Geographic information has long been central to disciplines ranging from anthropology to zoology, and many scholars are beginning to use digital tools such as geographic information systems (GIS) and other geospatial technologies to ask and answer a range of spatial questions. This talk will highlight issues of data preservation, peer review, data copyright, and community access, among others. I will share examples from numerous institutions of higher education and discuss maps that have been published online, in print, and at conferences.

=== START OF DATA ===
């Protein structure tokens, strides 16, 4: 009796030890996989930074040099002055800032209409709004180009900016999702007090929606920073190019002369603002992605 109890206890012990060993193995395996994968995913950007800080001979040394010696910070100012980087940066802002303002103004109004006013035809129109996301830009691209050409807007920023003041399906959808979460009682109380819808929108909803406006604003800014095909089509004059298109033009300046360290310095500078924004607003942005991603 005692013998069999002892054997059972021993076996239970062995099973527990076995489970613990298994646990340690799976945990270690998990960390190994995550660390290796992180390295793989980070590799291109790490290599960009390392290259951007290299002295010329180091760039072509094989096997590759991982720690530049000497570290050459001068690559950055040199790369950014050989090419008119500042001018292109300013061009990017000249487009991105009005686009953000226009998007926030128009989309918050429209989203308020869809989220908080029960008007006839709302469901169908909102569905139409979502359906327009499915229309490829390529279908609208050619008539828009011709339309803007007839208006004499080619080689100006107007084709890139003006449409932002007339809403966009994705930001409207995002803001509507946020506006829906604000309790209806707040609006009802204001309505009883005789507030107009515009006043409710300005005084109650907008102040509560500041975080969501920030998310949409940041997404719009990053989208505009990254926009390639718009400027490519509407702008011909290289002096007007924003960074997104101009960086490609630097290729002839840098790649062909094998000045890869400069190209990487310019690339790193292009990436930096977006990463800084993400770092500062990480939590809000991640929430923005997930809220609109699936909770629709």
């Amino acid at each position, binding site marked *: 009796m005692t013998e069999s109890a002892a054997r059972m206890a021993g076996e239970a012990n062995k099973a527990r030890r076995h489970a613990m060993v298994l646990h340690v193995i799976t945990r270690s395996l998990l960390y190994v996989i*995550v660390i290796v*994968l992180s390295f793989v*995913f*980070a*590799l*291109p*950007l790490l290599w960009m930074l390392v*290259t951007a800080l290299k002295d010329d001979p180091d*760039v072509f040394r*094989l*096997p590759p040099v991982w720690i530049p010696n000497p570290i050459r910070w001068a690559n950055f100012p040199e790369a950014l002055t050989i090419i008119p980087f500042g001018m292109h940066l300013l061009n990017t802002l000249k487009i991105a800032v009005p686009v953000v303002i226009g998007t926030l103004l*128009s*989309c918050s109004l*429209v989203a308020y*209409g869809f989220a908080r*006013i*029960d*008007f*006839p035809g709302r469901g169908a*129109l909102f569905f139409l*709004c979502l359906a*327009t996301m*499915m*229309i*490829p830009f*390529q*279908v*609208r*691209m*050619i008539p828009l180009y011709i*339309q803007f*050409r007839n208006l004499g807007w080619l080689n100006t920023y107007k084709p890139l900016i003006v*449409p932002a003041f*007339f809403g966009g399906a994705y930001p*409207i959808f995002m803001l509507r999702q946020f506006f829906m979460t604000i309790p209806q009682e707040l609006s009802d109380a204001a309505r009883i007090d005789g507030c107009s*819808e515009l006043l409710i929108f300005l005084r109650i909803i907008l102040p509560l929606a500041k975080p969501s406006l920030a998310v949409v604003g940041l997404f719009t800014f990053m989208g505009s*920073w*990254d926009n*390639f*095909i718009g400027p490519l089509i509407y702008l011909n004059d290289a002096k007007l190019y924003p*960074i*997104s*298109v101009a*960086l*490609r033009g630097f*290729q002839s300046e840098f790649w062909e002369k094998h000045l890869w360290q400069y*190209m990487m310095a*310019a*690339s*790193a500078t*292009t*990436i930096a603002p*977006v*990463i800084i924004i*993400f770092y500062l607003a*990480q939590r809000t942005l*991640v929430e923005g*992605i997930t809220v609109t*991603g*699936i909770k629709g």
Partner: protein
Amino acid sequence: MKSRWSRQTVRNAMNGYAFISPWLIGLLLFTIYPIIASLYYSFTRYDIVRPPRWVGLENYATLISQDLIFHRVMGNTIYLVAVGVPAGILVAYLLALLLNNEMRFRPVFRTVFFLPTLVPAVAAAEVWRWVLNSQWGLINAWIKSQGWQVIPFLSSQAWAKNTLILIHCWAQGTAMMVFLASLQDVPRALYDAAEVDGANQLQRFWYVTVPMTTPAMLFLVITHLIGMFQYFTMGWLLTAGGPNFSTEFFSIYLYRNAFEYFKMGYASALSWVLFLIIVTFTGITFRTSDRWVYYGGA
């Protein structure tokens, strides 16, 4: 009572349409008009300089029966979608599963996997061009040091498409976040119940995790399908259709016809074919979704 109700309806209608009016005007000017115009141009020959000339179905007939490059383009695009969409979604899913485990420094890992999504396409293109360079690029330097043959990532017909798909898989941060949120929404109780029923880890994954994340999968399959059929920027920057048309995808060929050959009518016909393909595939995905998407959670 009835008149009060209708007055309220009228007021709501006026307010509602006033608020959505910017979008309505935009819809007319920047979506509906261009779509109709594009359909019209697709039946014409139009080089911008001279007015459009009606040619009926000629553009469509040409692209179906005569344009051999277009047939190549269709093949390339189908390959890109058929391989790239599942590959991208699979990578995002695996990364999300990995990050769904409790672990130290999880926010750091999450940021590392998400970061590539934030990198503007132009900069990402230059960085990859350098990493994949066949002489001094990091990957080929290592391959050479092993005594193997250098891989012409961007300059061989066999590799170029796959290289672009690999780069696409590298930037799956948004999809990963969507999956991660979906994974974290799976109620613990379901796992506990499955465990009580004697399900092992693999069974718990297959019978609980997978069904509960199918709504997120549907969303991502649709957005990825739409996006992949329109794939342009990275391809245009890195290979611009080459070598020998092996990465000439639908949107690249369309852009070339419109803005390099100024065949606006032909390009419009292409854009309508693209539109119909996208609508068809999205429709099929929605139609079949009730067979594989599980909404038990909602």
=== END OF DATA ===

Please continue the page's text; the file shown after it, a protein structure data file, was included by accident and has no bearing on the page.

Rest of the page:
Diana Sinton is the Director of Spatial Curriculum and Research at the University of Redlands. She leads a campus-wide initiative to integrate spatial perspectives into numerous academic disciplines and teaches courses related to GIS and mapping. In fall 2008 she offered the University’s first course wholly devoted to spatial thinking. Over the years she has published GIS-based research on windthrown trees, oil wells, polka-playing radio stations, and invasive plants. She now focuses on the role for spatial literacy in higher education and recently co-edited Understanding Place: GIS and Mapping Across the Curriculum (ESRI Press, 2007). Before moving to California in 2007, Diana was a Chief Program Officer at NITLE (the National Institute for Technology and Liberal Education), where she developed GIS-based curriculum for disciplines in the liberal arts and sciences and taught over 50 workshops to over 1000 faculty and staff at NITLE colleges. Prior to that, she held an NSF International Research Fellowship in Argentina. She has taught at Alfred University and the University of Rhode Island, and has BA, MS, and PhD degrees from Middlebury College and Oregon State University.